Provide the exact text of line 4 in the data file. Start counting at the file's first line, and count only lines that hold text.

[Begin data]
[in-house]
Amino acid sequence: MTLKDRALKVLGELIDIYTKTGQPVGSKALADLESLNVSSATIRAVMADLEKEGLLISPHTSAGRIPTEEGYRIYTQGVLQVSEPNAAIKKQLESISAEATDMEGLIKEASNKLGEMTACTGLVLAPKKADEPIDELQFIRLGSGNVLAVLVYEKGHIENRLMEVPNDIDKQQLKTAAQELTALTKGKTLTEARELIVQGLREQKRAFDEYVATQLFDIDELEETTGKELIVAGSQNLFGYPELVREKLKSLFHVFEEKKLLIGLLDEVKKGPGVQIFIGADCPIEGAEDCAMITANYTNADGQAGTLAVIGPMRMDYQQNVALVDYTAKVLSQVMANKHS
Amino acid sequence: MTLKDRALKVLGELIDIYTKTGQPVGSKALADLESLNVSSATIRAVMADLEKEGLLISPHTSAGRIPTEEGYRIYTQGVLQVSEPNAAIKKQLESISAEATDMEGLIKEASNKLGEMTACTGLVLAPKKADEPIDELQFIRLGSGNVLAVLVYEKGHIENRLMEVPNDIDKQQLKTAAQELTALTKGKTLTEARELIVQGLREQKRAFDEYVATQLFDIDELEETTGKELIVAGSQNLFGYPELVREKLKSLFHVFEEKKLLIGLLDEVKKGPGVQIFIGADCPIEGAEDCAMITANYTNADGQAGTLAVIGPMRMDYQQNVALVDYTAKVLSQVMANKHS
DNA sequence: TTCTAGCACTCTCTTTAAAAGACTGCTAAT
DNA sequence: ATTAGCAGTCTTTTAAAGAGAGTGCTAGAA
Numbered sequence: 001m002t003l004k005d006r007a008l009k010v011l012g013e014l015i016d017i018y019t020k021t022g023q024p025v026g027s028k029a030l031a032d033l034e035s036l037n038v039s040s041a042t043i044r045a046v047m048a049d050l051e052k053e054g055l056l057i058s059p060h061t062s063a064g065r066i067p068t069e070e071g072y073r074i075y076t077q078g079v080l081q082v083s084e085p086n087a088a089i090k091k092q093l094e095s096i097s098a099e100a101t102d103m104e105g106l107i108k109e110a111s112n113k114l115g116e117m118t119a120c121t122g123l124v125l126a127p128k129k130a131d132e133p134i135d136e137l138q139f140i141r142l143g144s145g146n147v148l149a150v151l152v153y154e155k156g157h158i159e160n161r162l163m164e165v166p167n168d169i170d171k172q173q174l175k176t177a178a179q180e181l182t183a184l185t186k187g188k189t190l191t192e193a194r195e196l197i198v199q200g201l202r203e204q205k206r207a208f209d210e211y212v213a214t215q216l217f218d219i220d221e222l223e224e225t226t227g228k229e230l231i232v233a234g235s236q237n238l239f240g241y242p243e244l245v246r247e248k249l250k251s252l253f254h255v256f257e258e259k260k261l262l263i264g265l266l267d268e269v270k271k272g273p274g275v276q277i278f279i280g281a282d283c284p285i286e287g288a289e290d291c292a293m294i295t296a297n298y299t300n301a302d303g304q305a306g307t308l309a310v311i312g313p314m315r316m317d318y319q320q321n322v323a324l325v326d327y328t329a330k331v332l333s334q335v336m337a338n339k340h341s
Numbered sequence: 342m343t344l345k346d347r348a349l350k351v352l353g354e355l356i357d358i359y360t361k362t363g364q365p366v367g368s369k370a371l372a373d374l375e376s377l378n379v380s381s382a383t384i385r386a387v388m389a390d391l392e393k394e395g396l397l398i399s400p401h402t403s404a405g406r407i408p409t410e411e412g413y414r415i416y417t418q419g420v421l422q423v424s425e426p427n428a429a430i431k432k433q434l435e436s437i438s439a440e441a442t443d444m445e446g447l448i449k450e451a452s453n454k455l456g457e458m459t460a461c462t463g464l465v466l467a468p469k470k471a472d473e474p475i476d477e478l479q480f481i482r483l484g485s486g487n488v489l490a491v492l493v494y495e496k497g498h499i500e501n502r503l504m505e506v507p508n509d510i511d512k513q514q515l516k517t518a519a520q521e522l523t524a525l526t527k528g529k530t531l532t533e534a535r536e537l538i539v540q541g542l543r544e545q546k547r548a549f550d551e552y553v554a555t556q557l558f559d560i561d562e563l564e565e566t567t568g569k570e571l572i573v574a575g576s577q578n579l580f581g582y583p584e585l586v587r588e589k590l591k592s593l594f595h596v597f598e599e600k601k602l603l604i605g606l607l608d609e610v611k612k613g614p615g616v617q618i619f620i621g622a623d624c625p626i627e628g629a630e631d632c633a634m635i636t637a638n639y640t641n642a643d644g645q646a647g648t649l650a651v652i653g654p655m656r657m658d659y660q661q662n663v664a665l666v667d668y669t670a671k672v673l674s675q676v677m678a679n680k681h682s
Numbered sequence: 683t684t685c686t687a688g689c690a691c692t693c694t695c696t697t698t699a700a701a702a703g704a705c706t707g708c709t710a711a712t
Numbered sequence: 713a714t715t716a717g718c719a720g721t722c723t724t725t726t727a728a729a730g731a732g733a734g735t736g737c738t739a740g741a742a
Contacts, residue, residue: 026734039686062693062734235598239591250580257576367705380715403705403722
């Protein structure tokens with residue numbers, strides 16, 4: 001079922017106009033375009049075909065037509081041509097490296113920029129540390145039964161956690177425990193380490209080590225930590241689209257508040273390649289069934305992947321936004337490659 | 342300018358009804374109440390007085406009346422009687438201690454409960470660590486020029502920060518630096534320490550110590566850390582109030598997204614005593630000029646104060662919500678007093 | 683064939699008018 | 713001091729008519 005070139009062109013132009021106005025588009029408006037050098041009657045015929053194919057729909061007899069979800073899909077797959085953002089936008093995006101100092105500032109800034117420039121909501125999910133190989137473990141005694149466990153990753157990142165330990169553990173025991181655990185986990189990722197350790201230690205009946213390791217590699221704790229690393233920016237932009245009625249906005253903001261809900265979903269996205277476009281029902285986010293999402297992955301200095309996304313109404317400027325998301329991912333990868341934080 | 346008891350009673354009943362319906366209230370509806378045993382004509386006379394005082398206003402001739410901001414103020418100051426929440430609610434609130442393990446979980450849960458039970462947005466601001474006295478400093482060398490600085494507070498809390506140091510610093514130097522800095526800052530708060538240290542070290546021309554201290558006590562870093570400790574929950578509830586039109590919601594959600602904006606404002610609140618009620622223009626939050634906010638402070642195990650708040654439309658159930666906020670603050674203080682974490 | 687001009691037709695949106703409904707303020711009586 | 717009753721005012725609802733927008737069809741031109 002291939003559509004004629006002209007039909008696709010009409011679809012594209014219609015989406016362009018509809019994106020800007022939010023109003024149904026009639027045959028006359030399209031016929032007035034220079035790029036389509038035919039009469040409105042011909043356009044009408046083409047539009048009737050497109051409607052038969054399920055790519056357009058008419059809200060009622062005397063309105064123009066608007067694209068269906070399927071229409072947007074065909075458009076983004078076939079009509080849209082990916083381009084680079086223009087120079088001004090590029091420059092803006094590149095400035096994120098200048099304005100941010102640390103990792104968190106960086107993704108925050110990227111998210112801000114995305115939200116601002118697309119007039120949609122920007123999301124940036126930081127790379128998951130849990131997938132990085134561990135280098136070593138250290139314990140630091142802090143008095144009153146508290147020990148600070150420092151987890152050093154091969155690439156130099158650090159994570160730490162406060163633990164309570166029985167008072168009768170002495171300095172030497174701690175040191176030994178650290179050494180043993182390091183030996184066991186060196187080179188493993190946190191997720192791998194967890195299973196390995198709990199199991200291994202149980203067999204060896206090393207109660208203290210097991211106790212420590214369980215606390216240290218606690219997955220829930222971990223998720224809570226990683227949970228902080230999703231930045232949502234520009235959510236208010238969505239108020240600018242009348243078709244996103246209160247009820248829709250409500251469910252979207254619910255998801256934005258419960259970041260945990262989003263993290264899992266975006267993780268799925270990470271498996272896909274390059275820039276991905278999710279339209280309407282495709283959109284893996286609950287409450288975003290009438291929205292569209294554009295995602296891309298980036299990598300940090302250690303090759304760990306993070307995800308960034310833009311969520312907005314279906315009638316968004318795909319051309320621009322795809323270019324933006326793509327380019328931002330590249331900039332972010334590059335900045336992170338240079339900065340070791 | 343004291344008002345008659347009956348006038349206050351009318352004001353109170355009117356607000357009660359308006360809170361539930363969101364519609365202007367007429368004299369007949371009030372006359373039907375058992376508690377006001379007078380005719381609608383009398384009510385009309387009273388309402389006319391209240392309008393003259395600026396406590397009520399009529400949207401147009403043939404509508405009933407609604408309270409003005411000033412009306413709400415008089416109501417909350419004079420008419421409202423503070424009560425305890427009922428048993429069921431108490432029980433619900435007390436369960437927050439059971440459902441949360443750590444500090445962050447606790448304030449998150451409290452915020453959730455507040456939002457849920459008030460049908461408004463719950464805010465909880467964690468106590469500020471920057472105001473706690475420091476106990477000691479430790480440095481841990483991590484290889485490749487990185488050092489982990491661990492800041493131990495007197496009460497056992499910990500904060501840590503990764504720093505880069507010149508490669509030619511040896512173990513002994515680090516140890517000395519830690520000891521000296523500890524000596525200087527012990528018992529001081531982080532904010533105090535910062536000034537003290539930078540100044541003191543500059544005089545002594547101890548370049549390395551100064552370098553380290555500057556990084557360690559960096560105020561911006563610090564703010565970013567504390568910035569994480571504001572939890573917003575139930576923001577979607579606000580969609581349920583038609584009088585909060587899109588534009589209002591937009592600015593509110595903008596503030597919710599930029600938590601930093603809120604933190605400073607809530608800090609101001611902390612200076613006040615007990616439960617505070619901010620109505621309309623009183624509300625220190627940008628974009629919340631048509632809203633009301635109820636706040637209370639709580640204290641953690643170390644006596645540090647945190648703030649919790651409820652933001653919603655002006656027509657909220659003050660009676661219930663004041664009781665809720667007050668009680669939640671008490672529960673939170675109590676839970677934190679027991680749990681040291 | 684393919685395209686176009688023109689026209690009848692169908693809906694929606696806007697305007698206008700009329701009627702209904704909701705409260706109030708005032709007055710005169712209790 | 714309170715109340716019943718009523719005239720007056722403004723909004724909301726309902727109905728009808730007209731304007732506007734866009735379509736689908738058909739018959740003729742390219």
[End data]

DNA sequence: TTCTAGCACTCTCTTTAAAAGACTGCTAAT